One of the big trends we noticed towards the second half of 2019 was the number of prospective clients coming to us to get help because they had come to the attention of the Data Protection Commissioner. These were almost always well-meaning people and organisations – who weren’t deliberately ignoring the law but instead had put it on the long finger.

We weren’t hearing the “whole load of red tape, designed to kill business” mantra of those who are dragged kicking and screaming into the realisation that with great power over people’s personal information comes great responsibility.

This time we were meeting people who knew they should be doing something but never quite got around to it. The inertia of not knowing where to start, of being busy with the pressing daily demands of running a business and frankly a bit of fear of the unknown was holding them back.

Usually they came to the attention of the DPC because of a security breach – either in their own systems or one of their processors. In all cases, their interaction with the DPC was more protracted and more intense because they weren’t prepared.

When we report a breach on behalf of one of our clients – which I can assure you is a very regular occurrence – we may have one or sometimes two follow-up emails confirming committed actions have been taken. From what we see, companies who are unprepared often end up engaging with the DPC for 3-6 months and committing to a pretty steep schedule to get corrective actions in place.

Depending on the incident, the DPC may ask to see an organisation’s privacy policy (the internal policy document, not the customer facing privacy statement), their Technical and Organisational Measures(TOMS) or their Record of Processing Activities(ROPA), retention schedule, processes for responding to data subject rights or security incidents. It’s not an easy conversation to admit to not having any of the requested artefacts in place.

It gives the wrong impression of the business for one thing. Most businesses care about their customers and would not deliberately set-out to cause harm or embarrassment to them but for some reason they draw a blank when it comes to their customers personal information which if not handled with due care could cause their customers considerable harm or embarrassment.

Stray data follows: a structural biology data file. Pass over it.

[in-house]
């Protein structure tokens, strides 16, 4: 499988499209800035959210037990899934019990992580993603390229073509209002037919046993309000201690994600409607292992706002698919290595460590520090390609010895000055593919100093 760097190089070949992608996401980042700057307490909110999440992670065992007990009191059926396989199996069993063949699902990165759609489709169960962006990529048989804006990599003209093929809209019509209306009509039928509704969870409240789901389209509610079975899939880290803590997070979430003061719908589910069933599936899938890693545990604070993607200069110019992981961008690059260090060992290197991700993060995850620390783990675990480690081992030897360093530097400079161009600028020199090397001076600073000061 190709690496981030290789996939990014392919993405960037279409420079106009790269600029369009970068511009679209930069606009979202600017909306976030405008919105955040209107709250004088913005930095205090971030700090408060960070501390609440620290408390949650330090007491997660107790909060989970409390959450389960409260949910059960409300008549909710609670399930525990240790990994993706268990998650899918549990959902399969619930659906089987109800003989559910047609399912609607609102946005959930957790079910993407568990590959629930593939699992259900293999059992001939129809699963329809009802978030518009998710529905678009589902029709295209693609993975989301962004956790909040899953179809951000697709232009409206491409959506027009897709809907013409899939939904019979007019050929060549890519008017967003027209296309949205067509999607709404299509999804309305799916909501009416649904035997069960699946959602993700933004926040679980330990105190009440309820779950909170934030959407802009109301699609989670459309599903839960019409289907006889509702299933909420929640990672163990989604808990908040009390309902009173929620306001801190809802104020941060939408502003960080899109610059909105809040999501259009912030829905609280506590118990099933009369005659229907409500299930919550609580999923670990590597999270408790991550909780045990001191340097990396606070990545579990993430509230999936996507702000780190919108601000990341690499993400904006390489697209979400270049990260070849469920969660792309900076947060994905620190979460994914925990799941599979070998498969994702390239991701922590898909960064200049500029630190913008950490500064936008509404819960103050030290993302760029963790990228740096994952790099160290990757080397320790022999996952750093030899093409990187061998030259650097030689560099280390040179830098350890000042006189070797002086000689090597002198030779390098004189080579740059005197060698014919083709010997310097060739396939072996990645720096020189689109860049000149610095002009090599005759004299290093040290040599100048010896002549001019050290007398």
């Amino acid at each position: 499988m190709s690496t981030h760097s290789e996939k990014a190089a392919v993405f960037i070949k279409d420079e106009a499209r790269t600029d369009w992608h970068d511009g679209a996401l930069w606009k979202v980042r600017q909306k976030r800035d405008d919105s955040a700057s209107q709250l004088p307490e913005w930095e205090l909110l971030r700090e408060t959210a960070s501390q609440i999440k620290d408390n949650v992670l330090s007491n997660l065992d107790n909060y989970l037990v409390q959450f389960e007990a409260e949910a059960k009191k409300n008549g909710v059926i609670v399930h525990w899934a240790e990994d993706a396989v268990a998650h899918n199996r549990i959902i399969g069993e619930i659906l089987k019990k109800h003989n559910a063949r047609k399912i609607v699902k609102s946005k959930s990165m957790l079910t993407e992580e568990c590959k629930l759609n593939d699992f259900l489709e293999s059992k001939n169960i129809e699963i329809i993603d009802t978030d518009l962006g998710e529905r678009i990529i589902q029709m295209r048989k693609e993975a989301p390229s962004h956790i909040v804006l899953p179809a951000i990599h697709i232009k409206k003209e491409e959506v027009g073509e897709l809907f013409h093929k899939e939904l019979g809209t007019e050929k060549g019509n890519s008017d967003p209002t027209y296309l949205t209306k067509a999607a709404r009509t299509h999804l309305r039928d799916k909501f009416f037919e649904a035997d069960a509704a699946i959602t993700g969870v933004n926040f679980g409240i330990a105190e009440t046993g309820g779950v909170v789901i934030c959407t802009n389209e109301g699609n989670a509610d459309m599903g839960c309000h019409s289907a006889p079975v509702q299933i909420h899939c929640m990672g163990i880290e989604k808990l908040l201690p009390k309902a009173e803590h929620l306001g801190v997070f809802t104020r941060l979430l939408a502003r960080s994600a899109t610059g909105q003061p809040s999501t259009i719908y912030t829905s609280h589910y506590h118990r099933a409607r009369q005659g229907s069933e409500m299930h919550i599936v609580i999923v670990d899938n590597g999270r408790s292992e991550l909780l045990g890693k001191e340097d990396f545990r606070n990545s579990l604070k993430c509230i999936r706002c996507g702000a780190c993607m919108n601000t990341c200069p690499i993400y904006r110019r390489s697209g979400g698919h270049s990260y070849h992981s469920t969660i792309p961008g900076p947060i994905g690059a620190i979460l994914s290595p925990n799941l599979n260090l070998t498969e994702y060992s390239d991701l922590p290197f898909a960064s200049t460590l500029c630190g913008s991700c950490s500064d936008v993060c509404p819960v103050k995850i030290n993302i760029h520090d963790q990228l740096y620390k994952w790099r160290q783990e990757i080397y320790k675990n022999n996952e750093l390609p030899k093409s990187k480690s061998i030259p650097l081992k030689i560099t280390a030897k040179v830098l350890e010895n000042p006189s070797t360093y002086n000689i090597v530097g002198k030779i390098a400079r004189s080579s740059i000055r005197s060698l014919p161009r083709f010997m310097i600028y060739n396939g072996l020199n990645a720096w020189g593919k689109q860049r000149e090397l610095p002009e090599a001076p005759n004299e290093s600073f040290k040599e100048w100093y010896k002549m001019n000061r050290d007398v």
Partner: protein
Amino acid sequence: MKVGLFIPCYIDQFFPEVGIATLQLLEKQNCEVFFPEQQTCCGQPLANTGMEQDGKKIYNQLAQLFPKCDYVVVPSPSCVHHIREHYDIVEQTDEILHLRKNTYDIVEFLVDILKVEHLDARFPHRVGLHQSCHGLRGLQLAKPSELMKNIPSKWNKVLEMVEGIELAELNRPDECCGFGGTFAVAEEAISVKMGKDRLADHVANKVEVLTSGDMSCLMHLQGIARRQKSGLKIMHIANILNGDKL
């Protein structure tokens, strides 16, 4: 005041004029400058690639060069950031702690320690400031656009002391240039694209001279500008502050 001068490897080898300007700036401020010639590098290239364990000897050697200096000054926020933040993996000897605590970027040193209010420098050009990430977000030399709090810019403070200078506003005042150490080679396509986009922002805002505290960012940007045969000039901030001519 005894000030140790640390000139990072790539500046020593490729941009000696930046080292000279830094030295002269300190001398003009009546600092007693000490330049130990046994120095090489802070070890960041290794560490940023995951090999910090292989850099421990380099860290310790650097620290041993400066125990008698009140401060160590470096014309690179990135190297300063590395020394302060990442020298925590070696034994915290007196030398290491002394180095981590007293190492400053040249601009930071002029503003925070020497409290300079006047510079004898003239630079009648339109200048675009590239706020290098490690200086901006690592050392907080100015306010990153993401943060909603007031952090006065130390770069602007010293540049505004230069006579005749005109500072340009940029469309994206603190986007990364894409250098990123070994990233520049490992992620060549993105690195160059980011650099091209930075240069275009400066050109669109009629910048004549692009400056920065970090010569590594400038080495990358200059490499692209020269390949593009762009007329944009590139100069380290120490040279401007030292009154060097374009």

So this year, let your business New Year Resolution be a simple one – stop putting your data protection obligations on the long finger, start treating your customers personal information with the same respect you treat your customers and be prepared for the day you may need to come into contact with the Data Protection Commission.

The great irony of course being that the more prepared you are, the less likely it is that you will need to engage. As Benjamin Franklin said, “By failing to prepare, you are preparing to fail.”

Happy New Year to all our clients, colleagues and friends.

Get Started on your Data Protection New Year's Resolutions

Fort Privacy offers short term engagements (starting from 6 months) to help businesses get their core data protection program in place. We equip our clients with the artefacts and the knowledge they need to ensure their ongoing compliance efforts are robust and well informed and we provide ongoing support on demand.]

Fort Privacy processes your personal data in order to respond to your query and provide you with information about our products and services. Please see our Privacy Statement for further information.

Join Our Newsletter

Sign-up to receive news and information from Fort Privacy
Fort Privacy processes your personal data in order to respond to your query and provide you with information about our products and services. Please see our Privacy Statement for further information
Like what you've just read? Give us a bualadh bos (that's Irish for clap!) and let us know! 👏👏👏
Marie Murphy
Co-Founder & Operations Director

Marie's interest is in data protection operations focusing on people and process to manage personal data processing risk in large and small organisations with a special interest in privacy by design.